Guam Roman Catholic Church sexual abuse claims to be addressed after law change
As of 2018, Guam’s Roman Catholic Church, Archdiocese of Hagåtña, has been bombarded by a series of sexual abuse claims, around 270 to be exact, against more than twenty priests. This is not the first time the Catholic Church has been accused of sexual abuse. For instance, a 2021 inquiry by La Parole Libérée, a victim association, states that since 1950, some 216,000 children have been sexually abused by the clergy of the French Catholic Church.
Many of these churches had been able to shy away from their sexual abuse accusations through their power and influence on society as they commanded the respect of many people from nations all across the world. Even when sexual abuse survivors spoke out against specific clergy, the accusations would be ignored and leadership in the Catholic Church would turn a blind eye. However, everything changed when Guam lifted the civil statute for child sexual abuse in 2016, Bill 326. Victims gained the courage to speak out to obtain justice, even if it had been two or thirty years later, all speaking out without a fear of persecution, ending up with around 270 lawsuits.
Following the lawsuits, the Archdiocese filed for a Chapter 11 bankruptcy early 2019 to settle with those who filed claims against the church. A Chapter 11 bankruptcy allows for an organization to reorganize its finances to stay in business and pay back their creditors. As such, the Archdiocese will be able to pay back the victims and continue to keep providing for its operations around the island while not going into immense, unpayable debt.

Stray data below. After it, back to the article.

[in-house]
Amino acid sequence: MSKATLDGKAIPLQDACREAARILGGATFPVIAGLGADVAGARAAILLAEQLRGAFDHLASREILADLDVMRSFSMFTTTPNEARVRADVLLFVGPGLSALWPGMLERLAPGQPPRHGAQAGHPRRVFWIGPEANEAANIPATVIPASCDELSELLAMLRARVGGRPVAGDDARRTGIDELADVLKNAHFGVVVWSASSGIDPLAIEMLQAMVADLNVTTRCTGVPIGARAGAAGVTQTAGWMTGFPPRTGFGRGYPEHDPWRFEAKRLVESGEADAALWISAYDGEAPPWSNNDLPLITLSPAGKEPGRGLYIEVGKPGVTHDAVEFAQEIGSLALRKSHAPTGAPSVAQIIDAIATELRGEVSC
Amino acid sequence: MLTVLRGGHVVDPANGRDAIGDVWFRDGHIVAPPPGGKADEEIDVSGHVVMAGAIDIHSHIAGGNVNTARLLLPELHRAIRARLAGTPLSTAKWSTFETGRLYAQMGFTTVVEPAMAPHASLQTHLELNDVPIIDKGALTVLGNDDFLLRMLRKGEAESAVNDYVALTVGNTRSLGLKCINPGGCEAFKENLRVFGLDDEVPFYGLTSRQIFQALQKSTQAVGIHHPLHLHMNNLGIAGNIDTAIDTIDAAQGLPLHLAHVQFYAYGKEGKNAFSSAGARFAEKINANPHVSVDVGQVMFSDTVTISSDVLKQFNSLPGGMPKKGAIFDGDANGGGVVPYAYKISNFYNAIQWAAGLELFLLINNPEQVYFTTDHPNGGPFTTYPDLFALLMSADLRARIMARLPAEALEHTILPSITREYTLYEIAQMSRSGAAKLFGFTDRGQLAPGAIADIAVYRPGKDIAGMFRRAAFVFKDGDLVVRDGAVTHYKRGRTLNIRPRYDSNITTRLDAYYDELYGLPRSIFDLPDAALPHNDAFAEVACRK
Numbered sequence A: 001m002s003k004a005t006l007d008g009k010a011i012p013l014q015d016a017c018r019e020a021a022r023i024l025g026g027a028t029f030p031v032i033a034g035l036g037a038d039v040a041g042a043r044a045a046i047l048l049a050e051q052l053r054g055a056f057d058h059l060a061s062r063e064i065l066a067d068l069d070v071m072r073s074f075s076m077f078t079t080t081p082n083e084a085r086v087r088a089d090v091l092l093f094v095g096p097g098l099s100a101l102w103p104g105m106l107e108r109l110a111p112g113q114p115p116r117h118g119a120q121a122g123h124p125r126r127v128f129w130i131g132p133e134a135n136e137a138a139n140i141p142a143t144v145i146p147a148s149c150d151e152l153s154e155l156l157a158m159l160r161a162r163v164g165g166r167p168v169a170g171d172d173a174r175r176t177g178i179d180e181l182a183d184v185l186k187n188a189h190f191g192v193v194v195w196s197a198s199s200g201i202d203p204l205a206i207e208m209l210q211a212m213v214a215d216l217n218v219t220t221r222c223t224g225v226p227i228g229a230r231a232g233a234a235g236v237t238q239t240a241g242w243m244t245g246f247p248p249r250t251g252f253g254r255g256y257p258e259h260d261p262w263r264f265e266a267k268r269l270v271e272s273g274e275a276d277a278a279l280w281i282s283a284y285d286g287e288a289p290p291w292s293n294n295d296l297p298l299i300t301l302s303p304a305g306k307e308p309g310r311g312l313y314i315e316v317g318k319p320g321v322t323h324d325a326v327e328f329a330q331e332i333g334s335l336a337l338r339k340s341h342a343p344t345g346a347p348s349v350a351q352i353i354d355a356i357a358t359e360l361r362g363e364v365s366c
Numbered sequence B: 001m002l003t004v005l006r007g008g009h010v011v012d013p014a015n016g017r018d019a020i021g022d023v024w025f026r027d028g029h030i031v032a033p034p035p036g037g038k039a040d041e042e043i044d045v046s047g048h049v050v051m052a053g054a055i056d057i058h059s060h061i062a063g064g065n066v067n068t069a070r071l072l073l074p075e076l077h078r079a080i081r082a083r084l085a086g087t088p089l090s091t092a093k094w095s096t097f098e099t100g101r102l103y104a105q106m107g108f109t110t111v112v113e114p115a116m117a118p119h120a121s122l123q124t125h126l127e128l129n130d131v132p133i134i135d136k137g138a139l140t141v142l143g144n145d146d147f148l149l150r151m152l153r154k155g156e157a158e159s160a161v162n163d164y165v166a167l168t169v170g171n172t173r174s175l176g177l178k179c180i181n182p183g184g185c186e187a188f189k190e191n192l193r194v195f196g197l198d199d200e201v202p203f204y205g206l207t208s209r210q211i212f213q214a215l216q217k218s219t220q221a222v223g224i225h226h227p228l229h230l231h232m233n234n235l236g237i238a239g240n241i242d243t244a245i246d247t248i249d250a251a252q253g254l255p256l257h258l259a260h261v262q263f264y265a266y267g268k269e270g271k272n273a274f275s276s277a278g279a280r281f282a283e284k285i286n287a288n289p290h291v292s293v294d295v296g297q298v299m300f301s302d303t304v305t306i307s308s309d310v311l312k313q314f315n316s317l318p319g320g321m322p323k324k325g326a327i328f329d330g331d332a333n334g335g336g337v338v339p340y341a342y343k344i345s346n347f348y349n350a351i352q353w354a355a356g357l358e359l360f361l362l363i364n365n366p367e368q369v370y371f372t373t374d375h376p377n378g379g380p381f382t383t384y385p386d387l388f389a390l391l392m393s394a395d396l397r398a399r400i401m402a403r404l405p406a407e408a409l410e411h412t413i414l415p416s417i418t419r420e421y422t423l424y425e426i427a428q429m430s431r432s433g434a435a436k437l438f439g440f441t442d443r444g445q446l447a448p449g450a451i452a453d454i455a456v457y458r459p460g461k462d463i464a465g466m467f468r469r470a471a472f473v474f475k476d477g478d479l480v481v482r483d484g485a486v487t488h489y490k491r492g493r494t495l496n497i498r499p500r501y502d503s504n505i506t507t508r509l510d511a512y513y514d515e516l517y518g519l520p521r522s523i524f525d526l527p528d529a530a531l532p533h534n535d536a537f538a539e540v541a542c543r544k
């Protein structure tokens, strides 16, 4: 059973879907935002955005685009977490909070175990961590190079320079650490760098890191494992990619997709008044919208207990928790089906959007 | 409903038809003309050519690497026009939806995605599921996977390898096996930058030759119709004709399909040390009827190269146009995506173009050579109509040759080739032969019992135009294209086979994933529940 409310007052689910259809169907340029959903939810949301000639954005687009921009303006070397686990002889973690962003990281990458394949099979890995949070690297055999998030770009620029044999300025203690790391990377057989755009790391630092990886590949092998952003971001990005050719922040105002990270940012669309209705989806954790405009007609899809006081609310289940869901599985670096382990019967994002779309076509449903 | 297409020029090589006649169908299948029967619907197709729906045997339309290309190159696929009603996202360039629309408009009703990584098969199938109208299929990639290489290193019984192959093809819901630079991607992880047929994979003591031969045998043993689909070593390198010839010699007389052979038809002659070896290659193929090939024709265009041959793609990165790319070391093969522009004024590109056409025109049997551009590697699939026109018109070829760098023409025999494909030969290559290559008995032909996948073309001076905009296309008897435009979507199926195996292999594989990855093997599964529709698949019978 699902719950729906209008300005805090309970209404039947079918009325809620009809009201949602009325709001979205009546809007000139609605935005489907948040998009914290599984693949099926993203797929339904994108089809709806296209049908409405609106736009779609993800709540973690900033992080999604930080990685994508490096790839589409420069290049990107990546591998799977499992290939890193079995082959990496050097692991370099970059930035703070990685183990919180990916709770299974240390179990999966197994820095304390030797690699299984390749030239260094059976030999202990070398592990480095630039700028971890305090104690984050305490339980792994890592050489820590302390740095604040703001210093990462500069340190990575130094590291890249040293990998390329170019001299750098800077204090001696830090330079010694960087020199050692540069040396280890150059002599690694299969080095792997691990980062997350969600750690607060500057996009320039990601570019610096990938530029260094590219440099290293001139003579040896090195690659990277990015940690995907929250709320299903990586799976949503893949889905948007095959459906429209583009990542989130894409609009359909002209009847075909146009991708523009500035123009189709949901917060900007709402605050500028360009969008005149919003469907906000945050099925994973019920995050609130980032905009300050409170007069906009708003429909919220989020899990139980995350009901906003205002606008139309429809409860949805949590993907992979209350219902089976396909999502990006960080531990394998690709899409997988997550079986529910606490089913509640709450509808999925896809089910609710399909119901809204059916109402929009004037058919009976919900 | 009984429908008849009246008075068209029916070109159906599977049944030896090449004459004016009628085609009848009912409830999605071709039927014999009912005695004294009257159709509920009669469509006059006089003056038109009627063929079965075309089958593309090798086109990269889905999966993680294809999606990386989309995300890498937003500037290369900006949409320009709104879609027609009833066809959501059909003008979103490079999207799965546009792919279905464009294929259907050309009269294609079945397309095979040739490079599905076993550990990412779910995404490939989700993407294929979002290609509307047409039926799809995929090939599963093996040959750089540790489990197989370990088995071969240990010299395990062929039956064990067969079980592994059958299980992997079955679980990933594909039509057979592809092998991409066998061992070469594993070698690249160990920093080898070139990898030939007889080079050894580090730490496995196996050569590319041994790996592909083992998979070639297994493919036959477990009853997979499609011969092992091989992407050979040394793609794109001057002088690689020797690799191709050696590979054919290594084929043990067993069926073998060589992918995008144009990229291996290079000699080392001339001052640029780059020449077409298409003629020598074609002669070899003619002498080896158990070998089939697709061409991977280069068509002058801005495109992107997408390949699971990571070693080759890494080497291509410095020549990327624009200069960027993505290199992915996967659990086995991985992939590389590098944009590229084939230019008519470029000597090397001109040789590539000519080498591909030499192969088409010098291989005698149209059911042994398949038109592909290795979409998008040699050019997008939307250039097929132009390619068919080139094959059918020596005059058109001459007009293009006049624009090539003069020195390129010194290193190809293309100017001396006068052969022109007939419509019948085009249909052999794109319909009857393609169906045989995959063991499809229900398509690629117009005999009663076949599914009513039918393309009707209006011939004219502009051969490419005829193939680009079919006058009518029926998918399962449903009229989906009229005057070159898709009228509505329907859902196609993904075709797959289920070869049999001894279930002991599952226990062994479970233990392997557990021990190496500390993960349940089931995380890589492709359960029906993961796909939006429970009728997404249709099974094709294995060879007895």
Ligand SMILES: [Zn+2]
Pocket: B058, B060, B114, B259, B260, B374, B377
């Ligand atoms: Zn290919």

Now, after restructuring their assets, such as available land, utilizing money from insurers, and selling whatever they could, the church proposed a revised payment between $27 million and $34 million for the plaintiffs, entailing each survivor around $100,000. This payment plan will have to be voted on by the survivors and the confirmation of the bankruptcy court is required. Once a hearing date is set and if the plan is approved, clergy sexual abuse survivors can start getting money within three months of approval.